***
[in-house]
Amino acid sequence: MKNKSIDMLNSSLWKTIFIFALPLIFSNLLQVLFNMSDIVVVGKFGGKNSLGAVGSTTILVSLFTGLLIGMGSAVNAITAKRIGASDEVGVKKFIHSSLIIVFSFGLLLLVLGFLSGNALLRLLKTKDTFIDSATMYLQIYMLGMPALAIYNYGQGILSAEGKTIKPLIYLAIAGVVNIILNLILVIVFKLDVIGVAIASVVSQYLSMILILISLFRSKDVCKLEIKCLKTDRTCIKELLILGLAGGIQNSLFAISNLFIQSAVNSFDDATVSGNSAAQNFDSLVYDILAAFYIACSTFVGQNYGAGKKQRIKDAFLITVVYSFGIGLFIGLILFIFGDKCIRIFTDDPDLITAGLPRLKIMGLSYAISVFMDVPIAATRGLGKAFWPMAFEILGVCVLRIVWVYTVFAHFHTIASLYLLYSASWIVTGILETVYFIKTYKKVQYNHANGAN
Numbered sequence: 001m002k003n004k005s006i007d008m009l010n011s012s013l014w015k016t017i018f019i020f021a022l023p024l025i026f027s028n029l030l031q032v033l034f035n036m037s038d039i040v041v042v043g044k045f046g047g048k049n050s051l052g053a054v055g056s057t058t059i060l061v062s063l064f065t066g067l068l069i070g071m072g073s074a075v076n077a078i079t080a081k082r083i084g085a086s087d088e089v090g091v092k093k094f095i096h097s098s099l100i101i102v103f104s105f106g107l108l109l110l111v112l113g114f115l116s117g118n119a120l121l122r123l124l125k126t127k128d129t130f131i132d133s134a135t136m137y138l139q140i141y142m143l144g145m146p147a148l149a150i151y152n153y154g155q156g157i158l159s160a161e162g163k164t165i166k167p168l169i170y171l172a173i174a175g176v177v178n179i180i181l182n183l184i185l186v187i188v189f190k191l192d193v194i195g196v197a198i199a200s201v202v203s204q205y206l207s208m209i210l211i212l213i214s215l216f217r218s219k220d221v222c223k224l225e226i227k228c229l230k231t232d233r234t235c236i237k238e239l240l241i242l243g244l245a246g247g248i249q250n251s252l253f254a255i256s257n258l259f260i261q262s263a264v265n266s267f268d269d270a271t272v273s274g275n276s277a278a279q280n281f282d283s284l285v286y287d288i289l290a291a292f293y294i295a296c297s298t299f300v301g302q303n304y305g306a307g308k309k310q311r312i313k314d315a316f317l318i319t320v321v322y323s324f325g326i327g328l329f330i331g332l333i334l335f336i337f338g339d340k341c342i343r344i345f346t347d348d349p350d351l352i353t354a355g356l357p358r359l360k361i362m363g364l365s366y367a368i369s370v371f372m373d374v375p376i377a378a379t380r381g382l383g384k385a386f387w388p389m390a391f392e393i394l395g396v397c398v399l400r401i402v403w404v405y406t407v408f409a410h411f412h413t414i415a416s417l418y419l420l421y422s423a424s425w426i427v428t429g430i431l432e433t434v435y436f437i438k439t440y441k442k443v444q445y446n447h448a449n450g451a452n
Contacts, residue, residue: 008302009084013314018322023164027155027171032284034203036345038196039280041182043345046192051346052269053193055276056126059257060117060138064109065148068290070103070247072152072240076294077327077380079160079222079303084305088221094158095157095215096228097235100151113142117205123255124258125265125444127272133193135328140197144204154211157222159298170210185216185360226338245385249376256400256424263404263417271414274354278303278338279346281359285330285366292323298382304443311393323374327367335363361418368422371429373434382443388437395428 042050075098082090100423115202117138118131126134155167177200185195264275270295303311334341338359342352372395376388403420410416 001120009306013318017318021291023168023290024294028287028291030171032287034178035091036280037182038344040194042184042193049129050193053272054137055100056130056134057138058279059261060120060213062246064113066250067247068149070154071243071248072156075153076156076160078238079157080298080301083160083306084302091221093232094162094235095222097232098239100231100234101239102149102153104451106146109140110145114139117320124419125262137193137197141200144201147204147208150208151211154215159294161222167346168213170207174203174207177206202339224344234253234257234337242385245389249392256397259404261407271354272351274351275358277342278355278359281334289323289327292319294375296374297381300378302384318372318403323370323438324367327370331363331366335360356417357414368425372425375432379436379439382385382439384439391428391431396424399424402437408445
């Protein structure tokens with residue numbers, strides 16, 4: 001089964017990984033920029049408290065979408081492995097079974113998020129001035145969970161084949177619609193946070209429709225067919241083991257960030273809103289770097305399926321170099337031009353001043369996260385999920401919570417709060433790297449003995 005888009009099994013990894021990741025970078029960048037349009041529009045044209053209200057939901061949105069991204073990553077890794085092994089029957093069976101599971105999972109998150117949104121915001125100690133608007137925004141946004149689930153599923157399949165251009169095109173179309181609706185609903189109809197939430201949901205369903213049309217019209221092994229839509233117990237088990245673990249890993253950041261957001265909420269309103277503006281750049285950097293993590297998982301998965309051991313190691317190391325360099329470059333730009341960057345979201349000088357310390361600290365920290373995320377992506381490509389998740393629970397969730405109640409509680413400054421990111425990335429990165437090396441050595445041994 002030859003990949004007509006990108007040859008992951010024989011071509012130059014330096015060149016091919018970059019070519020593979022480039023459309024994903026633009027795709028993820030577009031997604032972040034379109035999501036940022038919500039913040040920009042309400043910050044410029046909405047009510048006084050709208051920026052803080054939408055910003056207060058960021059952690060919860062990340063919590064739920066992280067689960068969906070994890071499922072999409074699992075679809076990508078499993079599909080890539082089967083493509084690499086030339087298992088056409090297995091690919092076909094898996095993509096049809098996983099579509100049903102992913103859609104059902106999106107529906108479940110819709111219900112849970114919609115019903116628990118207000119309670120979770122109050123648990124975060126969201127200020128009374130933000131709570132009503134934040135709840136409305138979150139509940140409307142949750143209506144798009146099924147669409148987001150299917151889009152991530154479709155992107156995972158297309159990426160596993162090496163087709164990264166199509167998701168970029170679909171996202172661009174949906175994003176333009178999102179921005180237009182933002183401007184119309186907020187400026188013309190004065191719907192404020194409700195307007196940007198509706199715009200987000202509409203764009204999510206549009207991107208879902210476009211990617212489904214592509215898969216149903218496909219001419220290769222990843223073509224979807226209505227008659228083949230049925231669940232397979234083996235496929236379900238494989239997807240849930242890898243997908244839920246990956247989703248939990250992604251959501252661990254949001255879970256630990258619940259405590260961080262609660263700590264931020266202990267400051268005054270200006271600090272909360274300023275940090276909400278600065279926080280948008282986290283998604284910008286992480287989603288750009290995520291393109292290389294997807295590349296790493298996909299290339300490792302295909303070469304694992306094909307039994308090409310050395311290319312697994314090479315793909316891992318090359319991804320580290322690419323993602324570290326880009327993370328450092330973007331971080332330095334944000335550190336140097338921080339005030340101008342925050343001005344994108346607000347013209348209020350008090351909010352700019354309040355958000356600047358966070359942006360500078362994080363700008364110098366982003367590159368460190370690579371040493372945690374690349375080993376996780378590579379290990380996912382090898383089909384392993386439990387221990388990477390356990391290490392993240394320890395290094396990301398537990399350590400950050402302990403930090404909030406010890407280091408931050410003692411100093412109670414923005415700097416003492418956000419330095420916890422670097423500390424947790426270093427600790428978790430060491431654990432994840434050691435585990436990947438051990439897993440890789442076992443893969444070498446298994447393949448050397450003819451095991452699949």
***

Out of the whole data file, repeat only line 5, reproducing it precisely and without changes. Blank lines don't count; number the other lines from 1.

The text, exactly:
């Protein structure tokens with residue numbers, strides 16, 4: 001089964017990984033920029049408290065979408081492995097079974113998020129001035145969970161084949177619609193946070209429709225067919241083991257960030273809103289770097305399926321170099337031009353001043369996260385999920401919570417709060433790297449003995 005888009009099994013990894021990741025970078029960048037349009041529009045044209053209200057939901061949105069991204073990553077890794085092994089029957093069976101599971105999972109998150117949104121915001125100690133608007137925004141946004149689930153599923157399949165251009169095109173179309181609706185609903189109809197939430201949901205369903213049309217019209221092994229839509233117990237088990245673990249890993253950041261957001265909420269309103277503006281750049285950097293993590297998982301998965309051991313190691317190391325360099329470059333730009341960057345979201349000088357310390361600290365920290373995320377992506381490509389998740393629970397969730405109640409509680413400054421990111425990335429990165437090396441050595445041994 002030859003990949004007509006990108007040859008992951010024989011071509012130059014330096015060149016091919018970059019070519020593979022480039023459309024994903026633009027795709028993820030577009031997604032972040034379109035999501036940022038919500039913040040920009042309400043910050044410029046909405047009510048006084050709208051920026052803080054939408055910003056207060058960021059952690060919860062990340063919590064739920066992280067689960068969906070994890071499922072999409074699992075679809076990508078499993079599909080890539082089967083493509084690499086030339087298992088056409090297995091690919092076909094898996095993509096049809098996983099579509100049903102992913103859609104059902106999106107529906108479940110819709111219900112849970114919609115019903116628990118207000119309670120979770122109050123648990124975060126969201127200020128009374130933000131709570132009503134934040135709840136409305138979150139509940140409307142949750143209506144798009146099924147669409148987001150299917151889009152991530154479709155992107156995972158297309159990426160596993162090496163087709164990264166199509167998701168970029170679909171996202172661009174949906175994003176333009178999102179921005180237009182933002183401007184119309186907020187400026188013309190004065191719907192404020194409700195307007196940007198509706199715009200987000202509409203764009204999510206549009207991107208879902210476009211990617212489904214592509215898969216149903218496909219001419220290769222990843223073509224979807226209505227008659228083949230049925231669940232397979234083996235496929236379900238494989239997807240849930242890898243997908244839920246990956247989703248939990250992604251959501252661990254949001255879970256630990258619940259405590260961080262609660263700590264931020266202990267400051268005054270200006271600090272909360274300023275940090276909400278600065279926080280948008282986290283998604284910008286992480287989603288750009290995520291393109292290389294997807295590349296790493298996909299290339300490792302295909303070469304694992306094909307039994308090409310050395311290319312697994314090479315793909316891992318090359319991804320580290322690419323993602324570290326880009327993370328450092330973007331971080332330095334944000335550190336140097338921080339005030340101008342925050343001005344994108346607000347013209348209020350008090351909010352700019354309040355958000356600047358966070359942006360500078362994080363700008364110098366982003367590159368460190370690579371040493372945690374690349375080993376996780378590579379290990380996912382090898383089909384392993386439990387221990388990477390356990391290490392993240394320890395290094396990301398537990399350590400950050402302990403930090404909030406010890407280091408931050410003692411100093412109670414923005415700097416003492418956000419330095420916890422670097423500390424947790426270093427600790428978790430060491431654990432994840434050691435585990436990947438051990439897993440890789442076992443893969444070498446298994447393949448050397450003819451095991452699949």